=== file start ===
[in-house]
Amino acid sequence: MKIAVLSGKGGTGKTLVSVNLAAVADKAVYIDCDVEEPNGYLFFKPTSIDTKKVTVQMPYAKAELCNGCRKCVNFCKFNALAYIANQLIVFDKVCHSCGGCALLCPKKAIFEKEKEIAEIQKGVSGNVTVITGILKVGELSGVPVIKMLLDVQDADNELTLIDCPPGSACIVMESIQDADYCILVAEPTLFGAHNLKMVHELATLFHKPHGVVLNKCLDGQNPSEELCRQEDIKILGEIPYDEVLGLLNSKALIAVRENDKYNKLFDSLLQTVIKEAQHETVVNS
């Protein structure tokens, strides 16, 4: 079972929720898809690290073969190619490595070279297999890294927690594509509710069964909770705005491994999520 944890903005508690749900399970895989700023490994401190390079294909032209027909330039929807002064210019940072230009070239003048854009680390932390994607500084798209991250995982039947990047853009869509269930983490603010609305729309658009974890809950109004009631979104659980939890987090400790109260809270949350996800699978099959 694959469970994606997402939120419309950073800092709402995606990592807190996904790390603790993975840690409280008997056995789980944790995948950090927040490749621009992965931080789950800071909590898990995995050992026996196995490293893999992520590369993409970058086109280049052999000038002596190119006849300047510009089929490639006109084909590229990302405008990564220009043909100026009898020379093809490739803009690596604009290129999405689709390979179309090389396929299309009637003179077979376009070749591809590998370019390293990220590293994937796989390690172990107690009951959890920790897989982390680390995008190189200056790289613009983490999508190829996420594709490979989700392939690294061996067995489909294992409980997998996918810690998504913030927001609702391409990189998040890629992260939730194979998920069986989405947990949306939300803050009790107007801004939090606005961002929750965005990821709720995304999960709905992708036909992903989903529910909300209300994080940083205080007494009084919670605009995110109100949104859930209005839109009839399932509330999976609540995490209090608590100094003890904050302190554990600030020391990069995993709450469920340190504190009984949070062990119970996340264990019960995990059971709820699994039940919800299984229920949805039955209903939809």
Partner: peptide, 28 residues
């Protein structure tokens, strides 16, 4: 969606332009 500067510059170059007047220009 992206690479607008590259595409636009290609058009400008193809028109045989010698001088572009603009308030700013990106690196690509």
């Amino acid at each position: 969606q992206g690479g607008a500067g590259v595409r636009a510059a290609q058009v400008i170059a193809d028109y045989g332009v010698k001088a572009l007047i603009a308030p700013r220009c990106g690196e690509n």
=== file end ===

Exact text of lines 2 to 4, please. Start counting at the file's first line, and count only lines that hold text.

Amino acid sequence: MKIAVLSGKGGTGKTLVSVNLAAVADKAVYIDCDVEEPNGYLFFKPTSIDTKKVTVQMPYAKAELCNGCRKCVNFCKFNALAYIANQLIVFDKVCHSCGGCALLCPKKAIFEKEKEIAEIQKGVSGNVTVITGILKVGELSGVPVIKMLLDVQDADNELTLIDCPPGSACIVMESIQDADYCILVAEPTLFGAHNLKMVHELATLFHKPHGVVLNKCLDGQNPSEELCRQEDIKILGEIPYDEVLGLLNSKALIAVRENDKYNKLFDSLLQTVIKEAQHETVVNS
């Protein structure tokens, strides 16, 4: 079972929720898809690290073969190619490595070279297999890294927690594509509710069964909770705005491994999520 944890903005508690749900399970895989700023490994401190390079294909032209027909330039929807002064210019940072230009070239003048854009680390932390994607500084798209991250995982039947990047853009869509269930983490603010609305729309658009974890809950109004009631979104659980939890987090400790109260809270949350996800699978099959 694959469970994606997402939120419309950073800092709402995606990592807190996904790390603790993975840690409280008997056995789980944790995948950090927040490749621009992965931080789950800071909590898990995995050992026996196995490293893999992520590369993409970058086109280049052999000038002596190119006849300047510009089929490639006109084909590229990302405008990564220009043909100026009898020379093809490739803009690596604009290129999405689709390979179309090389396929299309009637003179077979376009070749591809590998370019390293990220590293994937796989390690172990107690009951959890920790897989982390680390995008190189200056790289613009983490999508190829996420594709490979989700392939690294061996067995489909294992409980997998996918810690998504913030927001609702391409990189998040890629992260939730194979998920069986989405947990949306939300803050009790107007801004939090606005961002929750965005990821709720995304999960709905992708036909992903989903529910909300209300994080940083205080007494009084919670605009995110109100949104859930209005839109009839399932509330999976609540995490209090608590100094003890904050302190554990600030020391990069995993709450469920340190504190009984949070062990119970996340264990019960995990059971709820699994039940919800299984229920949805039955209903939809």
Partner: peptide, 28 residues